Clarification On Cg-806 Phase 1 Plans

Photos by KSS from Arcturus Corporate Presentation, HC Wainwright 2019 Global Life Sciences Investor Conference, Grosvenor House, Mayfair, London, April 2019. Graphics by Michael Wideman (Broken Arrow, OK).

In A Candid Interview with Managing Editor Allan Lee, Arcturus Co-Founder and CEO Joseph Payne Struts His Pugilist-with-Soul Stuff and Makes It Clear He’s One CEO to Watch. An Advocate Equally for Shareholders, Patients, Employees and the Advancement of Biotech. Bromance, Anyone?

SAN DIEGO- You might say that BioPub has been shadowing Arcturus CEO Joseph Payne since the early days of the fall 2018 NYC investor conference circuit….meetings like The MicroCap, like Rodman and Renshaw. At the time, Payne was a little on edge; he’d just won, definitively, a bruising, withering legal battle for control of the company he started; it’s a dark story that finds Payne blameless but subjected to gratuitous hell that we’ll not recount.

We were wowed by his presentations, animated and candid, and by the prepotency of the company’s science. Therapeutic mRNA was finally at hand, and superior in a plethora of ways to gene therapy, and Payne’s company appeared to have the best-of-breed incarnation of it. It was hard not to be excited….and hard to resist investing (we did….invest, that is, not resist).

No longer on edge, these days Payne is charmingly edgy, the passions in his message contagious. We’d long nagged him about sitting with us to do a formal interview….and he was always happy to oblige even though time wasn’t on our side. Payne has been a relentless, indelible denizen of the biotech investor circuit this year, and this has had us running into him and entourage regularly on a broad grid stretching from LA to London.

When we finally arranged to catch him at Arcturus HQ in San Diego in May 2019, we showed up at the appointed afternoon hour to find that fate had scuppered our plans. The office was suddenly awash in a gaggle of potential institutional investors and needed Payne’s undivided attention. We agreed to return two days later….though by that time KSS was TKO from a URI. Managing Editor Lee rose to the occasion, vectored into HQ, and captured a fine conversation with Payne. To know Payne is to grow quickly into a fan and into a person who enthuses and bubbles over about his management style.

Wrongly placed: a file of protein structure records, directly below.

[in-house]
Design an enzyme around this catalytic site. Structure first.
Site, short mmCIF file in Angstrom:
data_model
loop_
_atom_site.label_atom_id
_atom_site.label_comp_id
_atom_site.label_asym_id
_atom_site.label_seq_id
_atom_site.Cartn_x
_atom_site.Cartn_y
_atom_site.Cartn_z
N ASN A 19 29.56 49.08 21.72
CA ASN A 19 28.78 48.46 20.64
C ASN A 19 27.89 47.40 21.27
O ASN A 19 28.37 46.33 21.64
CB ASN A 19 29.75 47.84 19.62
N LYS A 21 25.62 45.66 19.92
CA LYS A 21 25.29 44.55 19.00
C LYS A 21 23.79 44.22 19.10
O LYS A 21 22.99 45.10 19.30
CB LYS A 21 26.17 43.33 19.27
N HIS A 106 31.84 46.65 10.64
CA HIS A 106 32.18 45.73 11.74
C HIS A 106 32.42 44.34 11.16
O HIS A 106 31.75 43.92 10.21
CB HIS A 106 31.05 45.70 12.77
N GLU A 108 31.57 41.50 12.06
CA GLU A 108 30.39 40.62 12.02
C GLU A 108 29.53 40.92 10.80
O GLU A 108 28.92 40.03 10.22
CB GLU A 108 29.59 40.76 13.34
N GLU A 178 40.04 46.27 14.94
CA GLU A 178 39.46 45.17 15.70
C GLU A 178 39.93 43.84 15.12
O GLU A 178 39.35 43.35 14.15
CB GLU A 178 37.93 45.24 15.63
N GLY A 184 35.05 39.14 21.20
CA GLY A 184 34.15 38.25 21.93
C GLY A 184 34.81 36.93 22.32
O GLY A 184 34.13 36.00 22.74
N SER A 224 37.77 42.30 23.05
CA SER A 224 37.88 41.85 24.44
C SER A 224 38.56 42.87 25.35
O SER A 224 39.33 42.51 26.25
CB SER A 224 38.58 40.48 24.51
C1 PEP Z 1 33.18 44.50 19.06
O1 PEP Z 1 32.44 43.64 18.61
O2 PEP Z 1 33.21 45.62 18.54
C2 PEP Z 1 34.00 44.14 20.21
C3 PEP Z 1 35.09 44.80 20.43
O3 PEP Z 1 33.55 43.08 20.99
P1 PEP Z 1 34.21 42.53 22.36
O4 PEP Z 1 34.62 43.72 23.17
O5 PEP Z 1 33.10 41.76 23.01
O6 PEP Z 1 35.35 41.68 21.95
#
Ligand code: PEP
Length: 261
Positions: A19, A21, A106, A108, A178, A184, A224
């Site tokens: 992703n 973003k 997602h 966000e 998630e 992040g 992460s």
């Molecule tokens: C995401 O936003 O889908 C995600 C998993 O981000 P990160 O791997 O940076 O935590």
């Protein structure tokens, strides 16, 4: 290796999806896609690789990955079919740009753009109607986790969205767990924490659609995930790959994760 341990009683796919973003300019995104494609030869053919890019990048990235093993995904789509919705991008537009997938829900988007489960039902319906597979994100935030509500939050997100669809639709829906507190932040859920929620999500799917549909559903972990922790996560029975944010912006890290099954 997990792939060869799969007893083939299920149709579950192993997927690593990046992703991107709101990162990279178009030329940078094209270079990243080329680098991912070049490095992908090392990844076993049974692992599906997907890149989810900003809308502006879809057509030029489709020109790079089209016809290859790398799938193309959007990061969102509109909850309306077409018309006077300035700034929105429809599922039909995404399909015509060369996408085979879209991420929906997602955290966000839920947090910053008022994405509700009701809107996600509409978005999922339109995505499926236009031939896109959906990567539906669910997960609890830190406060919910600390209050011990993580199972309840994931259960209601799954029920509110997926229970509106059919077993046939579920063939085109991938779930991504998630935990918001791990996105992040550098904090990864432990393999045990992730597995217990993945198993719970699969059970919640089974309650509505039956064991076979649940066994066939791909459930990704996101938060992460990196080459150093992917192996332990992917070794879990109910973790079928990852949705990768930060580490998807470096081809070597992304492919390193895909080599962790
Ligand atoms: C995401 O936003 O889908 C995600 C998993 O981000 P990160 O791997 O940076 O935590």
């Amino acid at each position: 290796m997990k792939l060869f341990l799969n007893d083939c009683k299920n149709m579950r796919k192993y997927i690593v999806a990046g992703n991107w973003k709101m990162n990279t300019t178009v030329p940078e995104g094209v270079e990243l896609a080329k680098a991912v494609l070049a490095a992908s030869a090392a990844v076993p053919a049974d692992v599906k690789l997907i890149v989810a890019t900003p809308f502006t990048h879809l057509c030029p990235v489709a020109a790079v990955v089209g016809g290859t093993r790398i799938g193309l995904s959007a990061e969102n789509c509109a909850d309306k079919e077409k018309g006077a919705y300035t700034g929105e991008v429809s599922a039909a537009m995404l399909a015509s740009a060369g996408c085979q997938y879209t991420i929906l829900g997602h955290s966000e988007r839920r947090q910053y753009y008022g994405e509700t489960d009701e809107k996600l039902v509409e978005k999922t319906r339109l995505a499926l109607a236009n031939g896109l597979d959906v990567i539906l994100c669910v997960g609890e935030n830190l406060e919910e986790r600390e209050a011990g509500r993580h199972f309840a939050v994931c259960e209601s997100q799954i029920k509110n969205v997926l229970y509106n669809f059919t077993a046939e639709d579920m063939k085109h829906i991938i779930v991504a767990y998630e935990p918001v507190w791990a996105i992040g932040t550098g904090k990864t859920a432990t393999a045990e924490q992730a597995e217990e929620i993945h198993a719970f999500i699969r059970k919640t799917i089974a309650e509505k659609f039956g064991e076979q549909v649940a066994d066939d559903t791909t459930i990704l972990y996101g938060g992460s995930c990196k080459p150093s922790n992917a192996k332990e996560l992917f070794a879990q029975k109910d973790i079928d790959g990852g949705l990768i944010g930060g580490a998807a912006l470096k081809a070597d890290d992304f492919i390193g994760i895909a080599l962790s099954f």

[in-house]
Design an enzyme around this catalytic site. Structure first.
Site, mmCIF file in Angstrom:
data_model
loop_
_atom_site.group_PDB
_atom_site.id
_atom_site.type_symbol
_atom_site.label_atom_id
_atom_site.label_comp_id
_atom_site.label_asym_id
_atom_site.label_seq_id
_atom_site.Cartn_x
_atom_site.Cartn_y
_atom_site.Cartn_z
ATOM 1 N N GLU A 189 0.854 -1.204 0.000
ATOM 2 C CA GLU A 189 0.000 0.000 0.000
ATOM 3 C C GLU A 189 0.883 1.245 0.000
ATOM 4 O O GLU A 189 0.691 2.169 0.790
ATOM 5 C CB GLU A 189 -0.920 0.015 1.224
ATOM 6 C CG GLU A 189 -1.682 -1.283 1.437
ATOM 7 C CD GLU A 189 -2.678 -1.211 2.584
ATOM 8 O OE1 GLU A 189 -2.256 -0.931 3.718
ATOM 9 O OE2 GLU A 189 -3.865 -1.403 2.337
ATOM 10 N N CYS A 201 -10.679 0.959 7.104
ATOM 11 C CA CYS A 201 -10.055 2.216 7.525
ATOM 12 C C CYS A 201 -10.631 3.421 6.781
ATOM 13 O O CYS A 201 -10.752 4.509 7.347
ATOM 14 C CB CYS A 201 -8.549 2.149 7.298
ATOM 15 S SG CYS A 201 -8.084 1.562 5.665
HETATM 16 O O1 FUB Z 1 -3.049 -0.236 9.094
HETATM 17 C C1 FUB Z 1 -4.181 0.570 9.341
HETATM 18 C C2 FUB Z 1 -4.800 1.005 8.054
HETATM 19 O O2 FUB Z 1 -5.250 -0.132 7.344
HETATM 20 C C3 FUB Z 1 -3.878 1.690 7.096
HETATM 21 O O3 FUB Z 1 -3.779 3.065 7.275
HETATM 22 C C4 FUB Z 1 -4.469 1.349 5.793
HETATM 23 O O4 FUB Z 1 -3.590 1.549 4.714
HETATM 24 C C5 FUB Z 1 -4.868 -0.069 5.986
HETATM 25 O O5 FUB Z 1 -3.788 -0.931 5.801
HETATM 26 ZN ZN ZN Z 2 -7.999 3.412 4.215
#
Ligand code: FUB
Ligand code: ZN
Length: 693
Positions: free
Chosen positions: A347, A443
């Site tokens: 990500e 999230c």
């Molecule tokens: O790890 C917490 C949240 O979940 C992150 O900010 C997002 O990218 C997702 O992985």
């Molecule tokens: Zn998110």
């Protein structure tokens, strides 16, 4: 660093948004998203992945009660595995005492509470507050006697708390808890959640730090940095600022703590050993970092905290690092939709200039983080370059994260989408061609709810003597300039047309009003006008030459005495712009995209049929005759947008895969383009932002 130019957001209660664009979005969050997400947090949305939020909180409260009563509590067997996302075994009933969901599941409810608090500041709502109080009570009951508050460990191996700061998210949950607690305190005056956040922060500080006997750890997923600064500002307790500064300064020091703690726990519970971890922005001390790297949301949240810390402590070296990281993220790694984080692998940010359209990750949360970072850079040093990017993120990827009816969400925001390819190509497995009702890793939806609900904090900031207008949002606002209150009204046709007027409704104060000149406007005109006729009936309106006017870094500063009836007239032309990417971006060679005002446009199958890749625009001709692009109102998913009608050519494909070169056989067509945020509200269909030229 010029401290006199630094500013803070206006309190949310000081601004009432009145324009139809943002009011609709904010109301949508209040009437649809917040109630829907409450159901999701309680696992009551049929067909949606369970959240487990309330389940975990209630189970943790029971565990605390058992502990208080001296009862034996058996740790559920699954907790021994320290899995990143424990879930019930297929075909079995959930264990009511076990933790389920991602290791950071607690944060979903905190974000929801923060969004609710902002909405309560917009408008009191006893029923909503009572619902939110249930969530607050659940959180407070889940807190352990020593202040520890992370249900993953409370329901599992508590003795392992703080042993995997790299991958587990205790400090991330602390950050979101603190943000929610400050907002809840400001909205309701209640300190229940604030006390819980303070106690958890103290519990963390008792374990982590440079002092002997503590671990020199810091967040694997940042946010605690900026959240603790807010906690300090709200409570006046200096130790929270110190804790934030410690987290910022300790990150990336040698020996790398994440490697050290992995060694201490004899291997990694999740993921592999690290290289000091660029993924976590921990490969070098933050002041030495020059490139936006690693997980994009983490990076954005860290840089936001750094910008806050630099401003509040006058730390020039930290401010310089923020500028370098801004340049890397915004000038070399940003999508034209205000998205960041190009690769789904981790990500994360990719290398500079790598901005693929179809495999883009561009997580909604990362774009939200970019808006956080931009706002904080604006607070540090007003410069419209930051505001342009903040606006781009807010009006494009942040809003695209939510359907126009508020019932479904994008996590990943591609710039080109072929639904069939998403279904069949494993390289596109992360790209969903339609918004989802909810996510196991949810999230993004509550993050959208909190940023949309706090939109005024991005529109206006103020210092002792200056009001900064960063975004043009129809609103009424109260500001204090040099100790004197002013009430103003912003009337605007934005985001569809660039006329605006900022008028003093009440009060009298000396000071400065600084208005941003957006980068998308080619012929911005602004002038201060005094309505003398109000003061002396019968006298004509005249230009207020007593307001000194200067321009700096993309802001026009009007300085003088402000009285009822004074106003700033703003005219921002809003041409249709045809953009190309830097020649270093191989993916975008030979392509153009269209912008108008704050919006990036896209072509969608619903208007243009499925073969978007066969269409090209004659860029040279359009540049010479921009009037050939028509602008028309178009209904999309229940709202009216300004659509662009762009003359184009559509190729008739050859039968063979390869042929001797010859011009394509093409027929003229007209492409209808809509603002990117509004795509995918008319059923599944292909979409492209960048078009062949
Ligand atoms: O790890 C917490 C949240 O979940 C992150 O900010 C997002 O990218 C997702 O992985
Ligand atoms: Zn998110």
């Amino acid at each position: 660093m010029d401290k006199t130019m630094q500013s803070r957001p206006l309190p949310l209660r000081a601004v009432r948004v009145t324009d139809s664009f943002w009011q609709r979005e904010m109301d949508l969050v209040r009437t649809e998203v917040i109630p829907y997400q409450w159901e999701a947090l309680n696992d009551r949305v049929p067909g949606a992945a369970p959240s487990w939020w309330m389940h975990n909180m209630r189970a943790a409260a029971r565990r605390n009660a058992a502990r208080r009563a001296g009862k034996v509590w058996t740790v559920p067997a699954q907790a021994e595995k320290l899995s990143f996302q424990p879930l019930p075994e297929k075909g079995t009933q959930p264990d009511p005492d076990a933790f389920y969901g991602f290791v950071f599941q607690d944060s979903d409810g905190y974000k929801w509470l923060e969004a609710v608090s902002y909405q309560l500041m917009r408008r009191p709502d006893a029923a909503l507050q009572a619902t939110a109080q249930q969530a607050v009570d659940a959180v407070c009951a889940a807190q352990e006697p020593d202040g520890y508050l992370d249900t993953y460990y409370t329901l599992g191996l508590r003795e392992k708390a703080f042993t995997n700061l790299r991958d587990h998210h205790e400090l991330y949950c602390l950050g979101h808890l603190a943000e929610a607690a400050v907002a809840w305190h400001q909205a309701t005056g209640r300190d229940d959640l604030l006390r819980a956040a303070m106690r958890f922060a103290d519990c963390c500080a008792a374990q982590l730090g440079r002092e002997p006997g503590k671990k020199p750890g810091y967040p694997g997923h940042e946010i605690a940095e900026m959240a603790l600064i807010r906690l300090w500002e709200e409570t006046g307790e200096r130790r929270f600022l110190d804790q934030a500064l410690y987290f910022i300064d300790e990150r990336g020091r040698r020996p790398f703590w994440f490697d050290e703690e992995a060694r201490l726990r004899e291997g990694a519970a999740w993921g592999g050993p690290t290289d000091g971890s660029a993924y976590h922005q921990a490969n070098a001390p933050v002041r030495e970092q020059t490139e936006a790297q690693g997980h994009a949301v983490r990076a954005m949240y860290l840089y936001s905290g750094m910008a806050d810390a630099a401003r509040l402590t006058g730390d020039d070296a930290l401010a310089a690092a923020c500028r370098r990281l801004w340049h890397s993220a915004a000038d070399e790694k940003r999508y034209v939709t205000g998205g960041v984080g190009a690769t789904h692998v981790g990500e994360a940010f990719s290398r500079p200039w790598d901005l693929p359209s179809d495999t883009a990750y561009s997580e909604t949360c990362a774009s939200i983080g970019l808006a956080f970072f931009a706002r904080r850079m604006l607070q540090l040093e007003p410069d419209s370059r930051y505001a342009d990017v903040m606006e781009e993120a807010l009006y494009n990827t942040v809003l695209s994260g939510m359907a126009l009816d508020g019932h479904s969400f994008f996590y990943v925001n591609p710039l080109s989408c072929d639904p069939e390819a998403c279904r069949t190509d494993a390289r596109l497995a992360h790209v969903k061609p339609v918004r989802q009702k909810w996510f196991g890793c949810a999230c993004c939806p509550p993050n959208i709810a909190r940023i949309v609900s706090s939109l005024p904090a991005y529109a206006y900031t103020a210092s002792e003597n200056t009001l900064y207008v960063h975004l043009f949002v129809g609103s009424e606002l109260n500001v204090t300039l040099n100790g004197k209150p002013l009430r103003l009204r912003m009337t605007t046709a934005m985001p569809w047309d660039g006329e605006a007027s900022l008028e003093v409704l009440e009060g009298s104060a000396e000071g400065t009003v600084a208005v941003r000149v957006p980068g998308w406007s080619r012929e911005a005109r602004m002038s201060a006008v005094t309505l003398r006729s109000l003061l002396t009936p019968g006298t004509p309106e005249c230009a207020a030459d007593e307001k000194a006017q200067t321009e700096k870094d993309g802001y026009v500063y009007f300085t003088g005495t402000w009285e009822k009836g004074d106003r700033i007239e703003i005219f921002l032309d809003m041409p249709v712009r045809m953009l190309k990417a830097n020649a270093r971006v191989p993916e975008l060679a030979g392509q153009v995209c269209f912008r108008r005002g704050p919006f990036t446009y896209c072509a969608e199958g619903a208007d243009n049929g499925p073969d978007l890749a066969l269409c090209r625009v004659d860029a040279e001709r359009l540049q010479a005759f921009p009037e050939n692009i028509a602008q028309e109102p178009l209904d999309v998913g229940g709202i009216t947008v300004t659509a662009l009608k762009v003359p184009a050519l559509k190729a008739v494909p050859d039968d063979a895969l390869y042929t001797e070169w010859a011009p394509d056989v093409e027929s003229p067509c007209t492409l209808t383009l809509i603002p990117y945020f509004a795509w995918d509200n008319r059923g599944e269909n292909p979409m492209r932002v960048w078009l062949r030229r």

Allan Lee

Since we last met in London, at HC Wainwright, any new updates on the partnering of the ornithine transcarbamylase program?

Joe Payne

Yeah, yeah. So we reassumed the rights, 100% global rights, a few months ago, to the ornithine transcarbamylase deficiency program or OTC deficiency and as a public company, we made that a public announcement. So shortly after that of course, there’s considerable interest and the reason why there’s a lot of interested parties in OTC deficiencies is because it’s the number one urea cycle disorder. Two of the top five most expensive drugs in America treat OTC deficiency. Horizon (Pharma) is an extraordinarily successful company and they only have 500 patients being treated for urea cycle disorders. They’re a $5 billion company and a lot of that valuation comes from their urea cycle disease franchise; the revenue for Horizon is like 200 million on just, 500 patients, so we’re talking over $400,000 per patient per year. They’re messaging that it could be growing because they’ve just got approval from the regulatory agencies for the treatment of younger children and infants. So why is this important is because Horizon’s doing a good job establishing and clearing out a path for commercialization for a superior approach, and that would be in a messenger RNA medicine, that builds a healthy normal ornithine transcarbamylase, rather than drugs that treat the downstream effects of this disease, which is an increased ammonia in the blood.

So right now, this disease is presently treated with ammonia scavengers and they’re very pricey, but they do not fix the disease itself. So these patients are on these expensive drugs, but they still need to be very cautious and what they eat, if they eat the wrong food, they could have hospitalization event, which is very serious…. they could die. So they’re very motivated patients that would like to have another option. In terms of the level of interest… who’s interested? Rare disease companies are interested, large pharma companies that have rare disease divisions are interested, folks that are specialized in rare liver diseases… In general, those who haven’t been interested in this disease previously, are now, because it’s a high-profile rare disease. It’s just a fantastic market to be participating in. So what does that mean for us? Well, we own 100% of it. There’s a lot of people, organizations, and really great companies that would be interested in this and we’ll see how these discussions go. But all I can say is that it’s proceeding very well exceeding all expectations and we’re very happy with the level of interest in in our lead program, our flagship asset.

Allan Lee

Terrific!

Any idea when the cystic fibrosis mRNA construct is ready to be in phase one? Do you have an update for that?